Richard Schneider of the NABU bird conservation centre near the university city of Tuebingen said that the birds have an uncanny ability to mimic ring tones and are suddenly doing so.
The worst offenders are the jackdaws, starlings and jays who seemed to be doing it to wind up bird watchers.
Apparently they see bird watchers, with their maps on strings around their necks and binoculars, and watch them scrabble for their mobiles, with a cunningly mimicked call. Schneider said the phenomenon was that these birds were increasingly common in German cities and were adapting to their environment -- which includes ring tones. [image_library_tag 1793, hspace='3' align='left' alt='the lovely, lovely goldfinch',default]
The scary thing is that some birds were marking out their territory and hoping to attract mates with cries like the crazy frog song. He suggests in the interests of ecology that mobile phone users convert their tones to pop songs which are too complex to be mimicked by the birds.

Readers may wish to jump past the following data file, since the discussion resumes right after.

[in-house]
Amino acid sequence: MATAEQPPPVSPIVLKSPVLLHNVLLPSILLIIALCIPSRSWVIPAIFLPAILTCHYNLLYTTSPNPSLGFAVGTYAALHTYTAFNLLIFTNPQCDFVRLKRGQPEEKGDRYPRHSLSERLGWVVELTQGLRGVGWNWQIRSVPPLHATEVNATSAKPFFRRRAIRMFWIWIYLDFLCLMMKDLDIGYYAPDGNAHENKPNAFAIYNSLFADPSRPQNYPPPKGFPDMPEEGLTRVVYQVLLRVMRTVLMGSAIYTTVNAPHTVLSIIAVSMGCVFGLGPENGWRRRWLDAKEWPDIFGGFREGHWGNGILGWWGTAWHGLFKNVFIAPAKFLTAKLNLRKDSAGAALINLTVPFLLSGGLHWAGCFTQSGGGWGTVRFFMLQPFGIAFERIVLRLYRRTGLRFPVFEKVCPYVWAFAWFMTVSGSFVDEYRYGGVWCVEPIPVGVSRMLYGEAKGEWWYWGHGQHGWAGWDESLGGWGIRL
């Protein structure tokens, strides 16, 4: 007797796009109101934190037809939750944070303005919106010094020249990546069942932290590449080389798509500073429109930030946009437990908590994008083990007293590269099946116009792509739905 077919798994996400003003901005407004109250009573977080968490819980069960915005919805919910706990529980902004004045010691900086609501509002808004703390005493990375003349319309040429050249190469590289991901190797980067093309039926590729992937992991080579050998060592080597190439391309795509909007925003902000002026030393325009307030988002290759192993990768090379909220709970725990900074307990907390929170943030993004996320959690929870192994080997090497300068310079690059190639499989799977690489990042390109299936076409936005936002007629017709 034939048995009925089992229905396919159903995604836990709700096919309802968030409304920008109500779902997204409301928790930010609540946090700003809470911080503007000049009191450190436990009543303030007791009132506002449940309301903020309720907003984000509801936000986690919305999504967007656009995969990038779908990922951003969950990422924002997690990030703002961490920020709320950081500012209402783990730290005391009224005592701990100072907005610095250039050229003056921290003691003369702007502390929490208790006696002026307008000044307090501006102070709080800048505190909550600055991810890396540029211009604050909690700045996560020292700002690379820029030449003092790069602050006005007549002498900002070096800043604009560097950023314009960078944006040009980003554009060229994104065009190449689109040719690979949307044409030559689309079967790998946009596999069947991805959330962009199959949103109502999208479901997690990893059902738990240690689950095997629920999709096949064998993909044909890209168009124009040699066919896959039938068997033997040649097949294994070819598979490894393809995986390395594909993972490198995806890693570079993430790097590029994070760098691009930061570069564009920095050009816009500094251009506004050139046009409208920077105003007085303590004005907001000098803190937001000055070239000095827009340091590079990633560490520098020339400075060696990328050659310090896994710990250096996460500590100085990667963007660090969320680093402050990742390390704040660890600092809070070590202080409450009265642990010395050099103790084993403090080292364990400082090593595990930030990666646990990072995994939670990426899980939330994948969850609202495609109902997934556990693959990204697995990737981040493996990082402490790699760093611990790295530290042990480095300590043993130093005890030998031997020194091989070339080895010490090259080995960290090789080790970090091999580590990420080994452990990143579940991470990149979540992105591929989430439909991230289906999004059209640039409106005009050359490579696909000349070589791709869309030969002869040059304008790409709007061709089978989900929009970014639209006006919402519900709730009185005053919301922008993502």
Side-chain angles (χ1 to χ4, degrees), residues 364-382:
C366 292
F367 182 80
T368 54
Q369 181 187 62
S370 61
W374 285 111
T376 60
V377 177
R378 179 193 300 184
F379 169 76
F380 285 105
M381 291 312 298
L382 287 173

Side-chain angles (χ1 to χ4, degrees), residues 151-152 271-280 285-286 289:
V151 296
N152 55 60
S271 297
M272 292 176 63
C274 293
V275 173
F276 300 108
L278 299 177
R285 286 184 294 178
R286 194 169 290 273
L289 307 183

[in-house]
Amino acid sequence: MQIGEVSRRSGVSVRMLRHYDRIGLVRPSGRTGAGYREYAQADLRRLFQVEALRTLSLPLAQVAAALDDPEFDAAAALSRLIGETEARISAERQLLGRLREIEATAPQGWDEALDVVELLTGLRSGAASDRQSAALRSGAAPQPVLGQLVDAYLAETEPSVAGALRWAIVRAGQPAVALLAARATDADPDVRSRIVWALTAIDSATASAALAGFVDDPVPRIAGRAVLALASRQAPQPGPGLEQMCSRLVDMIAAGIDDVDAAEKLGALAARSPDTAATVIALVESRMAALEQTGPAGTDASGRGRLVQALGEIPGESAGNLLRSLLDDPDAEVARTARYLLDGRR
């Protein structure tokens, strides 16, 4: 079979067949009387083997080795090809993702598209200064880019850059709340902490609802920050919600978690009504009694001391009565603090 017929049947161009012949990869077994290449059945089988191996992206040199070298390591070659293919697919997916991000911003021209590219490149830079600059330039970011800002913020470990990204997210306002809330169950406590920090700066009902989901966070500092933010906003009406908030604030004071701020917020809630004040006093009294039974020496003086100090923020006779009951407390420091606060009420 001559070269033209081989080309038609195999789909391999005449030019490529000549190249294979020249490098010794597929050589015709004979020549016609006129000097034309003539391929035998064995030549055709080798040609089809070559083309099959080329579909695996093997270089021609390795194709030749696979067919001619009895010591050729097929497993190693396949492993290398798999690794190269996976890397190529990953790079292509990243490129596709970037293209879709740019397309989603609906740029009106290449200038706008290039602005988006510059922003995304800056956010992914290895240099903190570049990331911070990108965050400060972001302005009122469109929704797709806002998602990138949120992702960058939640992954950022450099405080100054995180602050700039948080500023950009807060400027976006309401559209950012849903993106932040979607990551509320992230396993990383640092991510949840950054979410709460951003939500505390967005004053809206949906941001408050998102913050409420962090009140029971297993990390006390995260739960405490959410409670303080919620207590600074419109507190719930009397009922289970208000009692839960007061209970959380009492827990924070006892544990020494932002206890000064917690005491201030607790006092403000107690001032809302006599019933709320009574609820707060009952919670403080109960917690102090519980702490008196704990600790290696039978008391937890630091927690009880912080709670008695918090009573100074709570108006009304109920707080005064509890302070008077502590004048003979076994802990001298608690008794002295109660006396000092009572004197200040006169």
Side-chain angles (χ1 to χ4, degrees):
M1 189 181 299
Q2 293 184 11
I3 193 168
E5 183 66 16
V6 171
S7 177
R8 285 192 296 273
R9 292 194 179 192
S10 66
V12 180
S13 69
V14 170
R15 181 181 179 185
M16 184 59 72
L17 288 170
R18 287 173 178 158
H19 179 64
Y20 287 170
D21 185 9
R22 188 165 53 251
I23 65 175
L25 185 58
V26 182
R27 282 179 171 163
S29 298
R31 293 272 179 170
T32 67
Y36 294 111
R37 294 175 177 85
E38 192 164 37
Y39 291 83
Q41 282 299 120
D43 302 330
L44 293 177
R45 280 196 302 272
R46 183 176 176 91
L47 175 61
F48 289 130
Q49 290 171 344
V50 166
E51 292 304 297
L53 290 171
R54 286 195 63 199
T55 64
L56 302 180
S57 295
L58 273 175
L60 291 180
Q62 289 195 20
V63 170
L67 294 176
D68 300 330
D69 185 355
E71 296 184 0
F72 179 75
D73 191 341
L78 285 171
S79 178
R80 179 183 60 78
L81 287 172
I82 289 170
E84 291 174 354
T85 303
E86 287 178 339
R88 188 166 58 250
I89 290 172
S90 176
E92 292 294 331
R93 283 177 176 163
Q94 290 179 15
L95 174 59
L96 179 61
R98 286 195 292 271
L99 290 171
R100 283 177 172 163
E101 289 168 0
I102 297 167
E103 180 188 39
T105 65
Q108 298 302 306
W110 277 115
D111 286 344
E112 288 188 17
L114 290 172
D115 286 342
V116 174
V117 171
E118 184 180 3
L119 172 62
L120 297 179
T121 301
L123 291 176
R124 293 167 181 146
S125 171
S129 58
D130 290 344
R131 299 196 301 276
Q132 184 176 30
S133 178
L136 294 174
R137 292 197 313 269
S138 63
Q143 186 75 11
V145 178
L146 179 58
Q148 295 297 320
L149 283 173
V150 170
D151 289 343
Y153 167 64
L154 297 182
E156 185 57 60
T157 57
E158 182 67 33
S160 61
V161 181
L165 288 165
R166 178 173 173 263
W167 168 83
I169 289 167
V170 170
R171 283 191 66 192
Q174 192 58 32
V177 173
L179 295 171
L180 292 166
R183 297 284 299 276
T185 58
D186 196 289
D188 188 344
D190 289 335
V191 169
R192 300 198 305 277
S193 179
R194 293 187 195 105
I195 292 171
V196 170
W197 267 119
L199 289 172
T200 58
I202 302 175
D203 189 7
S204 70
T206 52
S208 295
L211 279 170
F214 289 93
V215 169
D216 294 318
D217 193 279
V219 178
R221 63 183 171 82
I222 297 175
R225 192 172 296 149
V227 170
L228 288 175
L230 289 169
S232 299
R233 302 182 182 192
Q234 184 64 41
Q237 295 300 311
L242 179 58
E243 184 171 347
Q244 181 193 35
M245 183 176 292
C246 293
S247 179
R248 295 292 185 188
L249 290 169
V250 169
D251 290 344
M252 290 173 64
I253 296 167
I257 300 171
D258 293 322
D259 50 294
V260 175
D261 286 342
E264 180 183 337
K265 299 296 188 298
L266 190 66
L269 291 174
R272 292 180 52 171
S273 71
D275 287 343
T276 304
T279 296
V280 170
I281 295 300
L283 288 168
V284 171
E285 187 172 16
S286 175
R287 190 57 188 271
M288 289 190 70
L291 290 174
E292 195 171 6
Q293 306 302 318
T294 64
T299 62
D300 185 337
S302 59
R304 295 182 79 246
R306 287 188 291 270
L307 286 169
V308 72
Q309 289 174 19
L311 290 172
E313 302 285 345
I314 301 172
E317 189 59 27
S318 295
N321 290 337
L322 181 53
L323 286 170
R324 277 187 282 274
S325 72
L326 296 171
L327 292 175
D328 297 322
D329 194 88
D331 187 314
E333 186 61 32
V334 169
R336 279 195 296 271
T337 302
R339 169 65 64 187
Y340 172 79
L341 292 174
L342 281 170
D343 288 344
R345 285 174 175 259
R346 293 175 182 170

Of course some pop songs could result in you being strangled by fellow passengers on a London to Nottingham Intercity, but at least you will be saving the avian culture of the blue tit. More on a wing and a prayer here. µ
'Some of us like the misery'
That'll surely affect its credit score